Given this magnitude of stroke mortality in Vietnam, there is a need to evaluate the quality of stroke diagnoses from VA, to support these findings. We attempted to validate the VA diagnoses in a sample of deaths that had occurred in hospitals, but could not access medical records to derive reference diagnoses, and therefore could not perform a validation study. As an alternative, we attempted to verify the accuracy of VA evidence for deaths diagnosed as stroke by physicians in Vietnam. Stroke has typical and specific symptoms that could be recalled and reported during the VA interview, and hence is suitable for assessment of evidence recorded in VA questionnaires. The overall objective of this manuscript is to describe a study on the quality of supporting evidence for diagnosis of stroke in a sample of VA questionnaires. We first reviewed the content in each VA questionnaire, then applied defined criteria to the VA responses to categorize them into cases with high, medium or low-quality of evidence for stroke diagnosis; and finally assessed the influence of contact with health facilities prior to death on the quality of evidence for stroke deaths.
This knowledge would enable an understanding of the quality of information that aided diagnosis of stroke as well as provide a basis for strengthening verbal autopsy data collection. Moreover, stroke is a leading cause of death in developing countries. As the majority of deaths in developing countries occur in rural areas and since VA is used for ascertaining cause of death,[14–17] it is important to know the reliability of VA for stroke deaths.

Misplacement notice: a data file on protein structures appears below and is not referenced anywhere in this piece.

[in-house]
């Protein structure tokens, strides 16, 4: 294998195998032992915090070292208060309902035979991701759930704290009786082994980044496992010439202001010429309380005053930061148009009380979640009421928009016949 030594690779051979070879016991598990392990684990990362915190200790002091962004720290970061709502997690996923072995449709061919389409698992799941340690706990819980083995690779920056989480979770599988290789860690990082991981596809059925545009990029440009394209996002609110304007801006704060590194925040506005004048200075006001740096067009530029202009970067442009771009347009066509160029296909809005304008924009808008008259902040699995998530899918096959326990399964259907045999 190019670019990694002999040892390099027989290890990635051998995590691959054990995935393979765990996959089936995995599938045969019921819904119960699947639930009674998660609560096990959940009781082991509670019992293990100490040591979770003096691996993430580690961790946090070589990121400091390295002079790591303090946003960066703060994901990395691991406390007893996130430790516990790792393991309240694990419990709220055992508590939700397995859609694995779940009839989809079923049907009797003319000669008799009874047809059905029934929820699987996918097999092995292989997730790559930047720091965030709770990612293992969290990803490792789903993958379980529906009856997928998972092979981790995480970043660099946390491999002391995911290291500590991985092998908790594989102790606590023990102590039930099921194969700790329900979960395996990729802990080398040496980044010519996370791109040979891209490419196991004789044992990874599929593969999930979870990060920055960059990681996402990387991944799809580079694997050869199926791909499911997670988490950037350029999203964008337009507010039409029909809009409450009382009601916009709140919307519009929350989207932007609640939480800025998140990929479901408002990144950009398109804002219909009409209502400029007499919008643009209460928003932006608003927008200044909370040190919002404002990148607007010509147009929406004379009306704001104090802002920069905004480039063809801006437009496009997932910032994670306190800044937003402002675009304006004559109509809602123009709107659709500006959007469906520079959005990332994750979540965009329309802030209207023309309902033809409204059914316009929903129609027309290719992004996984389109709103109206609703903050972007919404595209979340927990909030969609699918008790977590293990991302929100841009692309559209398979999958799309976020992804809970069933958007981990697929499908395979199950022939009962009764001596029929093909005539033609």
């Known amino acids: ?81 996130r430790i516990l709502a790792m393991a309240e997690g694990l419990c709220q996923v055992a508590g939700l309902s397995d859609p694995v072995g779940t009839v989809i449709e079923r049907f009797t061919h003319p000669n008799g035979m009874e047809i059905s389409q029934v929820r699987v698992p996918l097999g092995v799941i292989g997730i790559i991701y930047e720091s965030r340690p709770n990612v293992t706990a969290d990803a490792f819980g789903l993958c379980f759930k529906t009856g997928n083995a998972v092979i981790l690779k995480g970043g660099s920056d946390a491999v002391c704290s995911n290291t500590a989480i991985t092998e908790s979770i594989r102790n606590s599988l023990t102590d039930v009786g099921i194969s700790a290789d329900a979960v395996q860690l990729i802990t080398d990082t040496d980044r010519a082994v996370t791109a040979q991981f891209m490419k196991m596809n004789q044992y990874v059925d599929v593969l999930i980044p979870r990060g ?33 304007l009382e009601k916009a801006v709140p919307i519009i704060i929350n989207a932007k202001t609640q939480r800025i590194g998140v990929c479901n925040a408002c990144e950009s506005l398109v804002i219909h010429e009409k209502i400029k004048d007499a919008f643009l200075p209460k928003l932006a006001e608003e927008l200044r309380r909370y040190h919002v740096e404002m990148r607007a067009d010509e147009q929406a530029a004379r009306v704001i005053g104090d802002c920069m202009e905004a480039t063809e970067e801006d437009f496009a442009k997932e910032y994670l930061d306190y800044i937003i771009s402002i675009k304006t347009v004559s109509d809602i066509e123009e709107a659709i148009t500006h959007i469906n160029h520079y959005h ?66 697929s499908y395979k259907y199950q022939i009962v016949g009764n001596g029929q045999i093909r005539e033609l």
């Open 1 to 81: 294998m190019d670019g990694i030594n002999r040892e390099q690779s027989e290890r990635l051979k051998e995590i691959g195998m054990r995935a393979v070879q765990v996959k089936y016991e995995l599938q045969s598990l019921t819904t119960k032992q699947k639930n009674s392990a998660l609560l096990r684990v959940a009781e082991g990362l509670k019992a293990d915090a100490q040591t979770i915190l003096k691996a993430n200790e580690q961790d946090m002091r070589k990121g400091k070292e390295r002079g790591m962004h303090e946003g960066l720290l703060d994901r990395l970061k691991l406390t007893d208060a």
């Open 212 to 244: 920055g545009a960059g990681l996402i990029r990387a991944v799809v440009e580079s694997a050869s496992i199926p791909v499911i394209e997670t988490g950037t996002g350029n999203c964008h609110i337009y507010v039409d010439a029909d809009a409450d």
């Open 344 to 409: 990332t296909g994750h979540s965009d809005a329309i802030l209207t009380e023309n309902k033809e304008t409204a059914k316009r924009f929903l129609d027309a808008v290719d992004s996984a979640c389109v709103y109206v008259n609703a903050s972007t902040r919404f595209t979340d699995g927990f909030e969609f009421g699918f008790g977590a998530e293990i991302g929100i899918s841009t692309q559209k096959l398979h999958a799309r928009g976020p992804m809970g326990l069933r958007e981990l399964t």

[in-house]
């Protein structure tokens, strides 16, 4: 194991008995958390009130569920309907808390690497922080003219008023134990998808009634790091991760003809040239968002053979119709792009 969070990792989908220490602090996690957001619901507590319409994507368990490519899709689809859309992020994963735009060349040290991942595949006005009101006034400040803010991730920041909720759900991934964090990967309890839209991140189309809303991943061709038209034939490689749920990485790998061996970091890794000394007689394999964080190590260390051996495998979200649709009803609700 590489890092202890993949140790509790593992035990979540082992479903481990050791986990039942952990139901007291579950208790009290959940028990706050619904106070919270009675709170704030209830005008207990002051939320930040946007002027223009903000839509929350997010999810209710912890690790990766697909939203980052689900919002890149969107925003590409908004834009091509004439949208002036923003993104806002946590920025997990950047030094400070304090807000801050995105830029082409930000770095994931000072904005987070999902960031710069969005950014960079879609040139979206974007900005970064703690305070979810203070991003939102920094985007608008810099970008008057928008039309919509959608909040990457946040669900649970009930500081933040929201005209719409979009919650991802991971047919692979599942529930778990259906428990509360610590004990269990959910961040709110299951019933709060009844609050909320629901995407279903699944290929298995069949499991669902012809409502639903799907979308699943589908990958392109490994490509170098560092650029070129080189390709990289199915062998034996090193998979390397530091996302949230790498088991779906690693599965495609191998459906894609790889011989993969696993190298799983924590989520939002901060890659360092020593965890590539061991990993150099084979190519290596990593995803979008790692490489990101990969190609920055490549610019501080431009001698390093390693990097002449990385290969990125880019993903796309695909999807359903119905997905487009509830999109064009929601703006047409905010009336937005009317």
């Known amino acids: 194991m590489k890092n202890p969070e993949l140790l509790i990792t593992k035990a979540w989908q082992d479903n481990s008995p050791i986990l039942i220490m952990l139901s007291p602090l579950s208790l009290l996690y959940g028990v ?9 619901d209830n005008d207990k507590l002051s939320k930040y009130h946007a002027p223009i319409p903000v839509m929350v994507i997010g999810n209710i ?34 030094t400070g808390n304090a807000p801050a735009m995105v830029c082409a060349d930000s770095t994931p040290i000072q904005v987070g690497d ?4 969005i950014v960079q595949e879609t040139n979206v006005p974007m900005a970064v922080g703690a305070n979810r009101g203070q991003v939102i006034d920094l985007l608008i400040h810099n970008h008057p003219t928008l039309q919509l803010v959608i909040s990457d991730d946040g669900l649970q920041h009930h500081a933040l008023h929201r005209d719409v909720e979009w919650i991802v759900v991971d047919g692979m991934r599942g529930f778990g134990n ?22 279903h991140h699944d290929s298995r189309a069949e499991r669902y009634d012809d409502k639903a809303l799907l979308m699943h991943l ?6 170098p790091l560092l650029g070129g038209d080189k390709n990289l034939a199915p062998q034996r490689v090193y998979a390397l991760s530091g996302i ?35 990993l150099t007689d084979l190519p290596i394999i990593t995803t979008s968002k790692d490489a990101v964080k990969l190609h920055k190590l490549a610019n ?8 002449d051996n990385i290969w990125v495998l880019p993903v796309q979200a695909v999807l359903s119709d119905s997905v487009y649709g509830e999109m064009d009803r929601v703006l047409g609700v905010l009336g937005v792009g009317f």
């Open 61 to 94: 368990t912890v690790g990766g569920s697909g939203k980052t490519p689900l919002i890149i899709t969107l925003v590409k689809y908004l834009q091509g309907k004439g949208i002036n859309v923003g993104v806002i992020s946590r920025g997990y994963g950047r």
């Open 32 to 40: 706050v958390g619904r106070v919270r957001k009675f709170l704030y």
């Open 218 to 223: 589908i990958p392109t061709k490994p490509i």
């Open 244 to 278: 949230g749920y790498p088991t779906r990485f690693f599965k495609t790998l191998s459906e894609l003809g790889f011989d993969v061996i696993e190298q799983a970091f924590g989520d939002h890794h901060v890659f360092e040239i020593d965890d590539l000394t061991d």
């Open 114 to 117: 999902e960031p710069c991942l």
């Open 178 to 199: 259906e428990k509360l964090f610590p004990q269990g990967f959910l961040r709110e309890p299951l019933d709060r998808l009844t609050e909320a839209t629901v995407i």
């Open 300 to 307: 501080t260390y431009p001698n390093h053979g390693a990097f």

The overall mortality surveillance activity covered 16 provinces across Vietnam, and field work was supported by a network of five medical universities located in different regions of the country. Each medical university functioned as a node for fieldwork coordination, data management and processing, and archival of all physical study records pertaining to their respective geographic areas of responsibility. This study on quality of evidence for stroke diagnoses from VA was conducted in four provinces in the north and middle of Vietnam namely Hanoi, Hai Duong, Quang Ninh and Thanh Hoa [Figure 1], where fieldwork was supported by the Hanoi Medical University. All VAquestionnaires for deaths that occurred in 2008 in the four selected provinces were collected and arranged. At first, the final causes of death were studied for each of these questionnaires, in terms of the ICD codes entered by the diagnosing physicians, and all questionnaires with an underlying cause of death from cardiovascular disease were selected for the study. A total of 396 deaths were identified with underlying causes related to the broad cause group of cardiovascular diseases. On closer scrutiny, we found that the vast majority (326) of deaths were from cerebrovascular diseases i.e., stroke (ICD codes (I60-I69)). The remaining deaths comprised of 50 from ischemic heart disease (I20-I25); 11 from hypertensive heart disease (I13), and 9 from other cardiovascular conditions. For the purpose of assessing quality of evidence for stroke diagnosis, we selected the 326 VA questionnaires with deaths assigned to cerebrovascular diseases as the study sample. We also evaluated the remaining 70 cardiovascular cases for evidence of recording a positive history of paralysis or prior history of stroke.